Climate change has led to rising tempreatures in Kenya in recent years, creating the warm, humid conditions in which mosquitoes thrive. It’s estimated that throughout the country each year up to 35,000 people die from malaria that they’ve contracted from mosquito bites. And it’s the world’s poorest people who are most affected by the tropical disease. But now a group of Dutch and Kenyan researchers working on a project entitled SolarMal have developed a successful series of SMoTS: solar-powered odour-baited mosquito trapping systems, in other words.
In a joint study, researchers from the Dutch Univeristy of Wageningen, the Kenyan International Centre of Insect Physiology and Ecology (ICIPE) and the Swiss Tropical and Public Health Institute present a trap they have developed which mimics the scent of human beings and thus attracts the dangerous, disease-carrying insects. The mosquitoes are then sucked into the trap via a ventilator powered by solar energy that creates a flow of air. Once the mosquito is inside the trap, there’s no way out. The whole thing works without using any of the insecticides which mosquitoes are growing increasingly resistent to.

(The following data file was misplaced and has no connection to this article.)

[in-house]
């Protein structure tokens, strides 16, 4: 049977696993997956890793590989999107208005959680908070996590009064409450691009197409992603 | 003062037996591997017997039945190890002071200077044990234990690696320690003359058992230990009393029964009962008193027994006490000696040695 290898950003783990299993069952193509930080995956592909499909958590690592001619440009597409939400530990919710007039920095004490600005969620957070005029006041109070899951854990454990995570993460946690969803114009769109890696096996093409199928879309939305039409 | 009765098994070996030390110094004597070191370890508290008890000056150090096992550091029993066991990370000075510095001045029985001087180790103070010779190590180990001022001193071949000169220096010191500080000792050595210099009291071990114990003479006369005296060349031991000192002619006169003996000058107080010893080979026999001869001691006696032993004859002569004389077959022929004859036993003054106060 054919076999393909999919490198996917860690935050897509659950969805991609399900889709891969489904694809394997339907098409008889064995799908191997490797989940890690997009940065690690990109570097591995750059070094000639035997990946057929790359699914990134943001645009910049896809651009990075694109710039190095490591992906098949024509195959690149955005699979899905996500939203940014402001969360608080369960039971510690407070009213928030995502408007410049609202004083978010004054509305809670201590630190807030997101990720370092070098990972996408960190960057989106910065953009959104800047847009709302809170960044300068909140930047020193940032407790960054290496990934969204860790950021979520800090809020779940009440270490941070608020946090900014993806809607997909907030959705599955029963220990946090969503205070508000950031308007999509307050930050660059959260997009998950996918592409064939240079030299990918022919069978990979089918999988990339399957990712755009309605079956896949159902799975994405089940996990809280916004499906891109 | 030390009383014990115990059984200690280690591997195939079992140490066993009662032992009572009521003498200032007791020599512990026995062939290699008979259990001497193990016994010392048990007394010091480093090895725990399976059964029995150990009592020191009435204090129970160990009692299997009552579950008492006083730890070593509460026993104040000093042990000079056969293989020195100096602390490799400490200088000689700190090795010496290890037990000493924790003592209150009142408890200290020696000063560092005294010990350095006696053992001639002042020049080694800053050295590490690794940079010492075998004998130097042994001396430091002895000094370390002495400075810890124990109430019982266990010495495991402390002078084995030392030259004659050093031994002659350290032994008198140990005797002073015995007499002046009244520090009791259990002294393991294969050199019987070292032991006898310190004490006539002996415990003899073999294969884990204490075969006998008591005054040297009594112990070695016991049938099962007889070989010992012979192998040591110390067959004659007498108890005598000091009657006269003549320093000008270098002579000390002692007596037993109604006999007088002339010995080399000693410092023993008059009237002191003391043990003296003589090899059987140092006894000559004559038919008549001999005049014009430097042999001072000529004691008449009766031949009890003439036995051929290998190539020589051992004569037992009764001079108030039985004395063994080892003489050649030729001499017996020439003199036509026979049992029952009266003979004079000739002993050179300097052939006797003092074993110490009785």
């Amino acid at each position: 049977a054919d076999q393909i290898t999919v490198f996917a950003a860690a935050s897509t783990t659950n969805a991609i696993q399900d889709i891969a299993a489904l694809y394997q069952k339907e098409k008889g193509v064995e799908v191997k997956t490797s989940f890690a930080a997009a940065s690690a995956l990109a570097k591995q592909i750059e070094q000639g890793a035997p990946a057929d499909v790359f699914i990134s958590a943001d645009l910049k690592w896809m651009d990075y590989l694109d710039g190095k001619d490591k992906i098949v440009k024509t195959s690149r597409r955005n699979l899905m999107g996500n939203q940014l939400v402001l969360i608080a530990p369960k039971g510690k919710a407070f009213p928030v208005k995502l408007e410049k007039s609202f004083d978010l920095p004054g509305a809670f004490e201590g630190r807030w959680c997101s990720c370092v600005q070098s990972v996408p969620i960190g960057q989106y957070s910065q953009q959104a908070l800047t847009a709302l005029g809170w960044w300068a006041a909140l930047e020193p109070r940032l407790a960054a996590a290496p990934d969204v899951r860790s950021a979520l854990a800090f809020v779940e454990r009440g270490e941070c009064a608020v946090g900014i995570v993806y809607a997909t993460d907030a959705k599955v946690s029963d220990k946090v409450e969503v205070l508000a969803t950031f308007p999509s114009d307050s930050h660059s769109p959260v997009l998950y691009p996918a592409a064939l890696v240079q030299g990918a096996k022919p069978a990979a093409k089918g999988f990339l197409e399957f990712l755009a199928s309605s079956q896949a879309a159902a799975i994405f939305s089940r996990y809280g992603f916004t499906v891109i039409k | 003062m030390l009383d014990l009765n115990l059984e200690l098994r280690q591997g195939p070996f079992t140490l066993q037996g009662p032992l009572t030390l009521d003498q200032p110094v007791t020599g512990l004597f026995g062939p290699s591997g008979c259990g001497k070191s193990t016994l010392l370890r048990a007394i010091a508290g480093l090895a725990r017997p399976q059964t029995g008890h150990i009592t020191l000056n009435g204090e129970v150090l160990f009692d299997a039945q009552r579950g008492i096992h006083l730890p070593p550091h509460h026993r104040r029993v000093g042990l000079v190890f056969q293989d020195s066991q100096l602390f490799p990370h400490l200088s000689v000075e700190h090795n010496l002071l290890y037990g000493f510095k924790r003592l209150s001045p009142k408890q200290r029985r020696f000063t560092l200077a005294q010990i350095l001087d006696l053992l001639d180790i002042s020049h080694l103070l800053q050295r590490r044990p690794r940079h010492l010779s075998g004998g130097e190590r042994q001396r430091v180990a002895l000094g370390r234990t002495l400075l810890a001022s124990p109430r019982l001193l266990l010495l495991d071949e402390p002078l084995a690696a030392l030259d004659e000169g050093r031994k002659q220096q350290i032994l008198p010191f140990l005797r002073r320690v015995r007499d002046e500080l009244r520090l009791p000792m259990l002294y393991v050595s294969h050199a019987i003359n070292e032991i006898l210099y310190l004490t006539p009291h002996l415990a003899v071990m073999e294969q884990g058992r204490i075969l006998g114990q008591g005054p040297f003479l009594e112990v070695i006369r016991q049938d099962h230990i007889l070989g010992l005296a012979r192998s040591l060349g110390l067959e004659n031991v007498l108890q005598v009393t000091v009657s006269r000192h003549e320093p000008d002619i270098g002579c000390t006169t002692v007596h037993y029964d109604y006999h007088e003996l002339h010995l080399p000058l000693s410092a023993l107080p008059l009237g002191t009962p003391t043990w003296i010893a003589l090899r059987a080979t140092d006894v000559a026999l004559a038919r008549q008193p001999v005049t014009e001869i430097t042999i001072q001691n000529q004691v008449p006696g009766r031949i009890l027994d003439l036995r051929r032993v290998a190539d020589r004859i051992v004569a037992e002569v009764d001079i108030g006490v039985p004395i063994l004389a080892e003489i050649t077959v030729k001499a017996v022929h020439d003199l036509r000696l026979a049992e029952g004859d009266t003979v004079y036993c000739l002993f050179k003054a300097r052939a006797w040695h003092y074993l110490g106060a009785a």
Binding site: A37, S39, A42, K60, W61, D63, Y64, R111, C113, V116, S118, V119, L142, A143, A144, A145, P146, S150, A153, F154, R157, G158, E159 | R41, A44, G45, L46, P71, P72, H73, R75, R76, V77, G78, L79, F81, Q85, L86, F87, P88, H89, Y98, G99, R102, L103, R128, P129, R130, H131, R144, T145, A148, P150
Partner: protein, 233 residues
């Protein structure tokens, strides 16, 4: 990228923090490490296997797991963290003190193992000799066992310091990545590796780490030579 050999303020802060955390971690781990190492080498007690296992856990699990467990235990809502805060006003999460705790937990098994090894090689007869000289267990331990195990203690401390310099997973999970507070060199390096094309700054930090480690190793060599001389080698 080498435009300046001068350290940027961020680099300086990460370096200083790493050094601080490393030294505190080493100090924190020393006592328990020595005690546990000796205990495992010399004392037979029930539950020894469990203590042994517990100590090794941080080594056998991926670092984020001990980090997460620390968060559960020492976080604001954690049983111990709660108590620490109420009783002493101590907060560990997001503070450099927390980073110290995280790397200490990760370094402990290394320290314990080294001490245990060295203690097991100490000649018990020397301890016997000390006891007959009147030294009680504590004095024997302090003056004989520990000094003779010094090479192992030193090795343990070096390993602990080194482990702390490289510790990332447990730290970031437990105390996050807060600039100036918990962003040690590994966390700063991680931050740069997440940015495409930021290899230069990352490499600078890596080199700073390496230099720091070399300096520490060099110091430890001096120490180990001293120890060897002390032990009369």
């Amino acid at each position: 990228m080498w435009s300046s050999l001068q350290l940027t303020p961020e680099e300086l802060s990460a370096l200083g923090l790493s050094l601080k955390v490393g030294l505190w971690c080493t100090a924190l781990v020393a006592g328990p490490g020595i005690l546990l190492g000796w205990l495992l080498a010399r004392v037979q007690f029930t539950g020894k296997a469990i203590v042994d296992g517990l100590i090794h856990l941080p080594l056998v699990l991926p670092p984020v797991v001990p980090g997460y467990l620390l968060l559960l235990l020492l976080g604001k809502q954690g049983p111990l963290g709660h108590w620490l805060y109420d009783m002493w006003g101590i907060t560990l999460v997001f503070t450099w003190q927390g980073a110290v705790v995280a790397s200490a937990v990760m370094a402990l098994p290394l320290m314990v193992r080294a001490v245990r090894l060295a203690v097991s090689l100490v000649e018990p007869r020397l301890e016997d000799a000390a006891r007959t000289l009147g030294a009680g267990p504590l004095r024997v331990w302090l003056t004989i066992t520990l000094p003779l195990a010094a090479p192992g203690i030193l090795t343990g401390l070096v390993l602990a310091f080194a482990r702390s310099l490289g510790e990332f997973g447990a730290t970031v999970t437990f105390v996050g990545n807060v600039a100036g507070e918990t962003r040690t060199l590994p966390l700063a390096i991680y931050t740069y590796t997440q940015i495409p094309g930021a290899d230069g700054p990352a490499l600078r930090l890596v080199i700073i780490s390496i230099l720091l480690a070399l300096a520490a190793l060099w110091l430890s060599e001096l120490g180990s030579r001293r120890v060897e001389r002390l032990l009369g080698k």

A 30 Percent Decrease in Malaria Infections
The traps were tested on the island of Rusinga on Lake Victoria. A total of 4,500 traps were placed throughout the island, installed on the roofs of houses and huts. The result: 70 per cent of the mosquito population has disappeared, and the rate of malaria infections has decreased by 30 per cent.
And for the inhabitants of Rusinga the traps have another advantage too: the miniature solar stations store electricity in their batteries, meaning they can be used to power lights, chargers or even televisions.
There are currently several international initiatives underway that aim to eradicate malaria completely by the year 2050. And SolarMal definitely looks like a project that could help achieve that goal on a local level. Only by implementing a combination of different methods and anti-mosquito innovations that have been designed to suit the local climate and socio-economic situation, do we have a chance of one day maybe wiping out the disease for good.
Translated, in part, from this article by Hanadi Siering that first appeared on our German-language platform.